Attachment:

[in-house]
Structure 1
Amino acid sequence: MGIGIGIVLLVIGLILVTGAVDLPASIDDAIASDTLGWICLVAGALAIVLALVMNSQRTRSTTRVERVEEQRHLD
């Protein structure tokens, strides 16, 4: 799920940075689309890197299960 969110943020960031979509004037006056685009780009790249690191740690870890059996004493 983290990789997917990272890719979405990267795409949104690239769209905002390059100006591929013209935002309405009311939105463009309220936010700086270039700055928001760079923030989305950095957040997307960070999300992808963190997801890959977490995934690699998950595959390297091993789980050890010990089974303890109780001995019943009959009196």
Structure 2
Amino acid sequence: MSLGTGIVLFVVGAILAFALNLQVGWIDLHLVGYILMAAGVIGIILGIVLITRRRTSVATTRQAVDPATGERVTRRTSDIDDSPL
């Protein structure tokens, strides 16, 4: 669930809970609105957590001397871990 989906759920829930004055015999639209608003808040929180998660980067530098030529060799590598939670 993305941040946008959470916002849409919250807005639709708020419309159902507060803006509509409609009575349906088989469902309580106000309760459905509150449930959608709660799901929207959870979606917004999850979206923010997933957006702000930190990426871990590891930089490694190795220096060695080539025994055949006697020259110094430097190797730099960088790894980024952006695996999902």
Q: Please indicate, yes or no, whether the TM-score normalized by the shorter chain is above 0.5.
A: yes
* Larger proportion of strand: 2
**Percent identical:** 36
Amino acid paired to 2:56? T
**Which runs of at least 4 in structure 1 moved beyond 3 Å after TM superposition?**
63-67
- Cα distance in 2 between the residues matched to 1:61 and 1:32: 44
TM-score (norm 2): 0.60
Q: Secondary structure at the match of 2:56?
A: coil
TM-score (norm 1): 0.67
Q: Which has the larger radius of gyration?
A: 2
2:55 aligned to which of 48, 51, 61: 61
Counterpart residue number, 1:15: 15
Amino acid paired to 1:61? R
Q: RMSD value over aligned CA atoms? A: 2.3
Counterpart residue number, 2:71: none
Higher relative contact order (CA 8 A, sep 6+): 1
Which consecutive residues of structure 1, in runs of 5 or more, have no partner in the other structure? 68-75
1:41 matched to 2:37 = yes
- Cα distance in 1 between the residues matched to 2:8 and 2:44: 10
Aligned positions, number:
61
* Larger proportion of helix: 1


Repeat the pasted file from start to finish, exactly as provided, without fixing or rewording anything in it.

[in-house]
Structure 1
Amino acid sequence: MGIGIGIVLLVIGLILVTGAVDLPASIDDAIASDTLGWICLVAGALAIVLALVMNSQRTRSTTRVERVEEQRHLD
């Protein structure tokens, strides 16, 4: 799920940075689309890197299960 969110943020960031979509004037006056685009780009790249690191740690870890059996004493 983290990789997917990272890719979405990267795409949104690239769209905002390059100006591929013209935002309405009311939105463009309220936010700086270039700055928001760079923030989305950095957040997307960070999300992808963190997801890959977490995934690699998950595959390297091993789980050890010990089974303890109780001995019943009959009196």
Structure 2
Amino acid sequence: MSLGTGIVLFVVGAILAFALNLQVGWIDLHLVGYILMAAGVIGIILGIVLITRRRTSVATTRQAVDPATGERVTRRTSDIDDSPL
């Protein structure tokens, strides 16, 4: 669930809970609105957590001397871990 989906759920829930004055015999639209608003808040929180998660980067530098030529060799590598939670 993305941040946008959470916002849409919250807005639709708020419309159902507060803006509509409609009575349906088989469902309580106000309760459905509150449930959608709660799901929207959870979606917004999850979206923010997933957006702000930190990426871990590891930089490694190795220096060695080539025994055949006697020259110094430097190797730099960088790894980024952006695996999902």
Q: Please indicate, yes or no, whether the TM-score normalized by the shorter chain is above 0.5.
A: yes
* Larger proportion of strand: 2
**Percent identical:** 36
Amino acid paired to 2:56? T
**Which runs of at least 4 in structure 1 moved beyond 3 Å after TM superposition?**
63-67
- Cα distance in 2 between the residues matched to 1:61 and 1:32: 44
TM-score (norm 2): 0.60
Q: Secondary structure at the match of 2:56?
A: coil
TM-score (norm 1): 0.67
Q: Which has the larger radius of gyration?
A: 2
2:55 aligned to which of 48, 51, 61: 61
Counterpart residue number, 1:15: 15
Amino acid paired to 1:61? R
Q: RMSD value over aligned CA atoms? A: 2.3
Counterpart residue number, 2:71: none
Higher relative contact order (CA 8 A, sep 6+): 1
Which consecutive residues of structure 1, in runs of 5 or more, have no partner in the other structure? 68-75
1:41 matched to 2:37 = yes
- Cα distance in 1 between the residues matched to 2:8 and 2:44: 10
Aligned positions, number:
61
* Larger proportion of helix: 1